A young and impatient stockbroker is willing to do anything to get to the top, including trading on illegal inside information taken through a ruthless and greedy corporate raider who takes the youth under his wing.
A conservative judge is appointed by the President to spearhead America's escalating war against drugs, only to discover that his teenage daughter is a crack addict. Two DEA agents protect an informant. A jailed drug baron's wife attempts to carry on the family business.
Benicio Del Toro,
On the day of his daughter's (Joey Singer) birthday, William "D-Fens" Foster (Michael Douglas) is trying to get to his estranged ex-wife's (Barbara Hershey) house to see his daughter. He has a breakdown and leaves his car in a traffic jam in Los Angeles and decides to walk. Along the way he stops at a convenience store and tries to get some change for a phone call but the owner, Mister Lee (Michael Paul Chan), does not give him change. This destabilizes William who then breaks apart the shop with a baseball bat and goes to an isolated place to drink a coke. Two gangsters (Agustin Rodriguez & Eddie Frias) threaten him and he reacts by hitting them with the bat. D-FENS continues walking and stops at a phone booth. The gangsters hunt him down with their gang and shoot at him but crash their car. William goes nuts and takes their gym bag with weapons proceeding in his journey of rage against injustice. Meanwhile Sergeant Martin Prendergast (Robert Duvall), who is working on his last day ...Written by
Claudio Carvalho, Rio de Janeiro, Brazil
The baseball bat and machine gun are the only weapons Bill Foster uses more than once. See more »
In the opening scene some people think that Bill is trying to roll his window down when the crank mechanism stops working, making it impossible for the police officer to reach through the window to steer the car off the road when it's being pushed. But Bill is not rolling the window down - he's trying to roll it up to block out the sound of the outside world. In later shots the window is about half open, making it possible for the police officer to reach through to steer the car. See more »
[holding a large can]
You know what was in this? Zyklon-B. You remember? What the Nazis had? Listen.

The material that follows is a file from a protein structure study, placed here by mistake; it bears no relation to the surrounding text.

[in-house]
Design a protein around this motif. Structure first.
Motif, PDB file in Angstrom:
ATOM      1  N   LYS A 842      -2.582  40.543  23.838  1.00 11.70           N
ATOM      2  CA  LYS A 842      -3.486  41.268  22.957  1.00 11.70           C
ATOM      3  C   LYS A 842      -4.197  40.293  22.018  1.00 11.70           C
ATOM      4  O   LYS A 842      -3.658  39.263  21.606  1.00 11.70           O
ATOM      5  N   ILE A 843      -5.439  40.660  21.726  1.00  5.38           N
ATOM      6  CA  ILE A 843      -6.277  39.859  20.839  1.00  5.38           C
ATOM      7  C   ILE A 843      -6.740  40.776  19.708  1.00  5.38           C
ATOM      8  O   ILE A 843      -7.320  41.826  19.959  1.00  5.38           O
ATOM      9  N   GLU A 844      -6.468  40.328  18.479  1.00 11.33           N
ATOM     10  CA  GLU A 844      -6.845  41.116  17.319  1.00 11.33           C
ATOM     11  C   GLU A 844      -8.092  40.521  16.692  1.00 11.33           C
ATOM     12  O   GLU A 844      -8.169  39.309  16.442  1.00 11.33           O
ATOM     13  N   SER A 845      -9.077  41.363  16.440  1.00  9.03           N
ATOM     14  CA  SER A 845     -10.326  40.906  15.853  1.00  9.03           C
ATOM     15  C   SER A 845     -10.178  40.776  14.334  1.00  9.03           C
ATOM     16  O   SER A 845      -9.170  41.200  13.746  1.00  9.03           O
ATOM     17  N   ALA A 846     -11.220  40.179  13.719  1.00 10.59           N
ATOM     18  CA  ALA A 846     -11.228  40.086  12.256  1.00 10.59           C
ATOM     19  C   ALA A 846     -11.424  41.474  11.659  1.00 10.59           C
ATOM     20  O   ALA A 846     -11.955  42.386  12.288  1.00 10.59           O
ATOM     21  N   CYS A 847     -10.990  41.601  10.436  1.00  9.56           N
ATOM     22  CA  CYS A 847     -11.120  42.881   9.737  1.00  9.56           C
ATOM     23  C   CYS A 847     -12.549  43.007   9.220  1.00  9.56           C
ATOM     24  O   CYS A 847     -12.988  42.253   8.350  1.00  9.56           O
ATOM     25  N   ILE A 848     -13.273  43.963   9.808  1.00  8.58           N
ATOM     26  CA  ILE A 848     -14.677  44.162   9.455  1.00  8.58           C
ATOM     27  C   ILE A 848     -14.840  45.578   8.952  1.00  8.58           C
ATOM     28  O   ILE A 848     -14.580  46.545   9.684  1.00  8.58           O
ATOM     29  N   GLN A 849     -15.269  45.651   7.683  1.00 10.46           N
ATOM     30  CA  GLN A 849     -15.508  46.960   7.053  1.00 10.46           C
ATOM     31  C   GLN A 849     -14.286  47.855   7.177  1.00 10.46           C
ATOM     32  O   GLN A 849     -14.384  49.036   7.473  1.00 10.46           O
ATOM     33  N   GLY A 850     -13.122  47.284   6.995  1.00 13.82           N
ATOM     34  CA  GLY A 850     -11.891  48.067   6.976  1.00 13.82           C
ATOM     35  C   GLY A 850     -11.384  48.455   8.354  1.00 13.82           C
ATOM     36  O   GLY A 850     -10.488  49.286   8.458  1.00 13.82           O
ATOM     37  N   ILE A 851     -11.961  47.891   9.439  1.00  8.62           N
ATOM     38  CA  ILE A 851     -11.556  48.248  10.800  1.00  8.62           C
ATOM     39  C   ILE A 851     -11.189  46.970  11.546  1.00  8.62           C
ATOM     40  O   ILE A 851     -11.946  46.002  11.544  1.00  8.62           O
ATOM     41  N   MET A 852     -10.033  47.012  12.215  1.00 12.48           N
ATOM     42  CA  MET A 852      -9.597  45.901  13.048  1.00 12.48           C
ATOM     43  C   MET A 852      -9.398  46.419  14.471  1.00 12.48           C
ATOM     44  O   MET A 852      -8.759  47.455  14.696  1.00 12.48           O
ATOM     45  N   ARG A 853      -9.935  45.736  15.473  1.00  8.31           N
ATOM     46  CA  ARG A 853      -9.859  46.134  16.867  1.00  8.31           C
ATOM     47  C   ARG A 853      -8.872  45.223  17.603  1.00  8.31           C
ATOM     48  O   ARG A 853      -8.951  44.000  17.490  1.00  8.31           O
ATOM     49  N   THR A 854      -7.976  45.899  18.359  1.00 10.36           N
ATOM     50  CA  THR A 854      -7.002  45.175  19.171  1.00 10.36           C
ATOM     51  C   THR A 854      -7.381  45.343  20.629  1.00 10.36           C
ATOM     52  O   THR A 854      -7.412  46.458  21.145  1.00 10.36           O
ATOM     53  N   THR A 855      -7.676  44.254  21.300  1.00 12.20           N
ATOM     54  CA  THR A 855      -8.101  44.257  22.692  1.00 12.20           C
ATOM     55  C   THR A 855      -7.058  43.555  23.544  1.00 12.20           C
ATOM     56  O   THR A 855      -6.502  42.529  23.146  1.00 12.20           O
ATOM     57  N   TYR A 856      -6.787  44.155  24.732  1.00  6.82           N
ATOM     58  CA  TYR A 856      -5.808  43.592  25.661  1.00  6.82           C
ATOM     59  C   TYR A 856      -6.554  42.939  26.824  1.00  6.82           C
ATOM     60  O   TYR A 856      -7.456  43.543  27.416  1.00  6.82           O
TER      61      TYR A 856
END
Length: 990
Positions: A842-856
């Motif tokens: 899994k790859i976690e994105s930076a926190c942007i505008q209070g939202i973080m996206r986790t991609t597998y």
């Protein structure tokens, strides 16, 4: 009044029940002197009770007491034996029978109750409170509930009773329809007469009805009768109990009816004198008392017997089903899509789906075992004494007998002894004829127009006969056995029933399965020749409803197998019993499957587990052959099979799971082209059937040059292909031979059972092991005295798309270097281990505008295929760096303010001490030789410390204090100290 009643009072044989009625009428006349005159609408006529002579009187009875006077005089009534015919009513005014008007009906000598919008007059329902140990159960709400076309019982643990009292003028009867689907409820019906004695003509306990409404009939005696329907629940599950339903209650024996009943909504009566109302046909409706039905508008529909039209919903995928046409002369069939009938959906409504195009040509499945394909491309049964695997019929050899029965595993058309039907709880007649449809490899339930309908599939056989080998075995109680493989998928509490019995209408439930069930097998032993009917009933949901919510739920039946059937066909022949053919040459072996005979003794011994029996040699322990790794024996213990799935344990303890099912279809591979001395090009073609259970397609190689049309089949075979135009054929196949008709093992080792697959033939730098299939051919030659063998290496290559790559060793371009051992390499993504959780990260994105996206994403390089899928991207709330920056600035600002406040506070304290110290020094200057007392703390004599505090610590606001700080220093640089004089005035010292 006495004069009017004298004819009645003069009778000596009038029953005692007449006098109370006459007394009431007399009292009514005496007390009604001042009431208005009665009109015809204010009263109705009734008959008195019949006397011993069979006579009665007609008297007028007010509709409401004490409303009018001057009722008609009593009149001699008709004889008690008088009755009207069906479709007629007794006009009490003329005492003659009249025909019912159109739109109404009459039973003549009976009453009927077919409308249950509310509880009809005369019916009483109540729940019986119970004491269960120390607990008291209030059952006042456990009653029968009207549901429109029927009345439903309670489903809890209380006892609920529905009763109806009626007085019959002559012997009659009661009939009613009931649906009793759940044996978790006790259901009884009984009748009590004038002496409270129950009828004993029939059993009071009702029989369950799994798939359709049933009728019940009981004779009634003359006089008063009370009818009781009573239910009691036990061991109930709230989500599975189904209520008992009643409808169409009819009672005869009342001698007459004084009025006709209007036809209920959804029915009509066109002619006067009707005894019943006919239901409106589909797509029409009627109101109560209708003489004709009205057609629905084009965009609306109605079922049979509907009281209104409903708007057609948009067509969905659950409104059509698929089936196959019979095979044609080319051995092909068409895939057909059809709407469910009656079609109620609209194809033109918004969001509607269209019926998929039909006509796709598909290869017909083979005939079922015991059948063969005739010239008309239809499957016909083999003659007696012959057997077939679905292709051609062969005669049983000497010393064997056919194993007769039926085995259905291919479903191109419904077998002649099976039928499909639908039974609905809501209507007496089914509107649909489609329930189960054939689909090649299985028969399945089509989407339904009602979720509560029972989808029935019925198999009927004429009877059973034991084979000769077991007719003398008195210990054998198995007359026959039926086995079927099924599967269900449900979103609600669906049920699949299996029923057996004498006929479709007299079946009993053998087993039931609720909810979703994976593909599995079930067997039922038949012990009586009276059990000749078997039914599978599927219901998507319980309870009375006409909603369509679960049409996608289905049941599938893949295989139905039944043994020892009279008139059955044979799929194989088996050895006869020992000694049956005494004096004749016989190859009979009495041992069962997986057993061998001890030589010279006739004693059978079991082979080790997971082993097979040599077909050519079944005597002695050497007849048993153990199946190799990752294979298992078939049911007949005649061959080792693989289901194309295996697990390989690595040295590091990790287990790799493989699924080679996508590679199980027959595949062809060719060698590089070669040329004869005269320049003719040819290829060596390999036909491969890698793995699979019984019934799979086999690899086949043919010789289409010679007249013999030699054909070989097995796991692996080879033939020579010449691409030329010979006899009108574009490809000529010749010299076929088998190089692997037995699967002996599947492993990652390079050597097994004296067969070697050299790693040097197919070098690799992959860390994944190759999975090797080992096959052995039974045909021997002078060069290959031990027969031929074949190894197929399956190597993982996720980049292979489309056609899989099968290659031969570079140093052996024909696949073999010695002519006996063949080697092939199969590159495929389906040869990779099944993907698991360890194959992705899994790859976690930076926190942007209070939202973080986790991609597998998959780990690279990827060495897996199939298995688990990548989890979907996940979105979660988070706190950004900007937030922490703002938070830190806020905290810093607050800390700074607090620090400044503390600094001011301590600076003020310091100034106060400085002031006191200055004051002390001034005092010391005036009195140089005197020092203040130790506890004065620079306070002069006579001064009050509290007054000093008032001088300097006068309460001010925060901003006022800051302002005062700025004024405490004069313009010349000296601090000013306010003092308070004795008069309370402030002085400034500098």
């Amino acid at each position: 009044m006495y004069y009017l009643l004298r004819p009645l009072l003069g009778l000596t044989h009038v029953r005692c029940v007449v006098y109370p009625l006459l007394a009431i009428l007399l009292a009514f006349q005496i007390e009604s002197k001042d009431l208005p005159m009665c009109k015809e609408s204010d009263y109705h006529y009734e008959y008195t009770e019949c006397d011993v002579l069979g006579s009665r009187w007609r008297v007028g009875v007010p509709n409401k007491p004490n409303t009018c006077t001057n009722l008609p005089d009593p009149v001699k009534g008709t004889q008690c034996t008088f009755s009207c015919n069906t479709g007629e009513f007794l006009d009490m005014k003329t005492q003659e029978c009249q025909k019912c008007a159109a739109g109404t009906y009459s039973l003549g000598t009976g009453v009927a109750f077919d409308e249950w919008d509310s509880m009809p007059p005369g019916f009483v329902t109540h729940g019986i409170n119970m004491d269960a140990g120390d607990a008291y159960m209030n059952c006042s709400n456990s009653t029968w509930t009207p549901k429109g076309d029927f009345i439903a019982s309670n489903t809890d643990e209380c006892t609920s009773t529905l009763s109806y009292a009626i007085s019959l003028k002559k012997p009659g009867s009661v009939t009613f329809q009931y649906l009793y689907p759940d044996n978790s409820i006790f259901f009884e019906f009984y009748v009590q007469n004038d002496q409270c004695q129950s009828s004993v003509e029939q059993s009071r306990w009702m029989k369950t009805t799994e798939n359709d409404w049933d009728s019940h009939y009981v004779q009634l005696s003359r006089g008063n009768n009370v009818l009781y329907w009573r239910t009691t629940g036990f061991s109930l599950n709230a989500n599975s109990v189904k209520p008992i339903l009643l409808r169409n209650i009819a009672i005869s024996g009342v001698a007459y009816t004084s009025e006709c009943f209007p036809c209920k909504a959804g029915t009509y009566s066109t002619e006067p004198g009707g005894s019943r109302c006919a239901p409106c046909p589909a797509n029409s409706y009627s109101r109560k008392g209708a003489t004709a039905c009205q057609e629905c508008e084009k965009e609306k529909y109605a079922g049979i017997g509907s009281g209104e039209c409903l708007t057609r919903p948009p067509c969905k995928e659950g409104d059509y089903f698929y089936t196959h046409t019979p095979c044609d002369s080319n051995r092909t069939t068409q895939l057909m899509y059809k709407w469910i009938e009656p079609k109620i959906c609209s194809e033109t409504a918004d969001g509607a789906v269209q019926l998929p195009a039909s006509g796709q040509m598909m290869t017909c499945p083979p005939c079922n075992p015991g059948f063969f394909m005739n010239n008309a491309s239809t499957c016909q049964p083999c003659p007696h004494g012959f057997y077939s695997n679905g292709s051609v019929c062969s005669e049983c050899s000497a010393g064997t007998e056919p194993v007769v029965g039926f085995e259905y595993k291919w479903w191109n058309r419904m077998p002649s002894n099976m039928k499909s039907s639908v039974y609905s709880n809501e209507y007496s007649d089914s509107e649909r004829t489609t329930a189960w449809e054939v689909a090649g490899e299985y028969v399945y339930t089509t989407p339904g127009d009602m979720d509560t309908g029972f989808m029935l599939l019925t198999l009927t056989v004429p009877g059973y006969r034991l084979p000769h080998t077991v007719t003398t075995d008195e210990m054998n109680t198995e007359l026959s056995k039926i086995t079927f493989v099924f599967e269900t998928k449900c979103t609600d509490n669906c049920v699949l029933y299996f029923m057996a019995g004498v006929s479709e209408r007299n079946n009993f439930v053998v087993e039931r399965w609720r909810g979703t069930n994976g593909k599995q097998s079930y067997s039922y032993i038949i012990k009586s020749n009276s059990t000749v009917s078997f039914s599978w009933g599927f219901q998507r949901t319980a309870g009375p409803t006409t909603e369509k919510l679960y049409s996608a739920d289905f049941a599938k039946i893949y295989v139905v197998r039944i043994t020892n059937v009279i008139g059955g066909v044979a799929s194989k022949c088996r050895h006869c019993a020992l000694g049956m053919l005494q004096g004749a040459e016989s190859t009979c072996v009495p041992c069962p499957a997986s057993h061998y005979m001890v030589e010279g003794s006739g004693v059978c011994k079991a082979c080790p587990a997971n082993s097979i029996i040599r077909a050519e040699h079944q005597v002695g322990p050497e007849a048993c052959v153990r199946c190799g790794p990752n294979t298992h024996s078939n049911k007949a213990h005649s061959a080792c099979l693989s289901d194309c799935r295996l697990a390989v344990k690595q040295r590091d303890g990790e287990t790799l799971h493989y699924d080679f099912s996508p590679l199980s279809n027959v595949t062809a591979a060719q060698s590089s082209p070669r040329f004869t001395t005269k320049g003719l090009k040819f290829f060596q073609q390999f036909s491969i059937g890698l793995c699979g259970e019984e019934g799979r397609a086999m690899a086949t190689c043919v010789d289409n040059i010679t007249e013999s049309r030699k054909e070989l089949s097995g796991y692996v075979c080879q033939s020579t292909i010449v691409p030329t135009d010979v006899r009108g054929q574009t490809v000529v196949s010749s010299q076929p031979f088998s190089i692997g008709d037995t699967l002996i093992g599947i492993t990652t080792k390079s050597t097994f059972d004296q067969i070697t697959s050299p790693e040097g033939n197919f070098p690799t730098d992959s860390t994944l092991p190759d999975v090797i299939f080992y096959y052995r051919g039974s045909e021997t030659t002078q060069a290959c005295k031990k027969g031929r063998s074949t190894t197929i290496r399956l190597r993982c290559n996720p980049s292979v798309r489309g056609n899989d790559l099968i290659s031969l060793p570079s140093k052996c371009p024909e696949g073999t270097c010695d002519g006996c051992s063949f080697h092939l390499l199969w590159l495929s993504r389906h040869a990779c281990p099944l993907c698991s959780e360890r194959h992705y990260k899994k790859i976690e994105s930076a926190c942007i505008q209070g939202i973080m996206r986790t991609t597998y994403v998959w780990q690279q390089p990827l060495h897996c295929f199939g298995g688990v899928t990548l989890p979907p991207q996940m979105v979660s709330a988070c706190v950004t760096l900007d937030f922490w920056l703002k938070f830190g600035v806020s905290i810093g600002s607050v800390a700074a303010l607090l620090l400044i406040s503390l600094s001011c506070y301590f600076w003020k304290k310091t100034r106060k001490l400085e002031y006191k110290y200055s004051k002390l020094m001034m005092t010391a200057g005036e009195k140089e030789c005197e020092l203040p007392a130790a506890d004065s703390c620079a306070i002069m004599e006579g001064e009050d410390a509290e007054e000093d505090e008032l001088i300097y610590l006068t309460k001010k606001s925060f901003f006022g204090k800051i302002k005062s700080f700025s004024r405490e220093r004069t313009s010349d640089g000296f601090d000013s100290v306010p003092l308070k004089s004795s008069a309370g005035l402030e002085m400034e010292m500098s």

[he shakes the can]
Empty. This was used, man. This was actually used. I wonder how many kikes this little can took out. Huh? Think about it!
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The role of Vondie Curtis-Hall, who plays the man protesting the bank, is credited as "Not Economically Viable Man." See more »
Since when did the average hard working middle class person became the bad guy?
First saw this in the mid 90s on a vhs.
Revisited it recently on a blu-ray. I thoroughly enjoyed viewing this again after so many years. This movie is still relevant today no matter which country u belong to.
Michael Douglas' hypnotic performance is the highlight of this film. Everything about him, from his half sleeve plain white shirt, to his briefcase, his lunch, his specs and his torn shoes all screamed average middle class.
The best line of the film is when Douglas asks Duvall, I am the bad guy?
I don't know but I was laughing my guts out while viewing this film. The guy who played the neo Nazi was creepy n hilarious. The cosmetic surgeon's house scene, the golf ground scene, the burger scene n the store scene, I found all these scenes darkly comical.
Douglas' middle class person act was mind blowing. He potrayed the character who has to go thru everyday nuances very well. Working hard still ain't able to purchase a house, non payment of rent, road n traffic issues, employment issues, etc.
The effect of consumerism has on each of us is dealt with properly in this film.
The funny part is that the rich doesn't care about inflation or monetary probs, the poor gets government n ngo's aid while the middle class is stuck between em like a sandwich.
The government doesn't care about him, they care about vote banks and that lies within the poor community.
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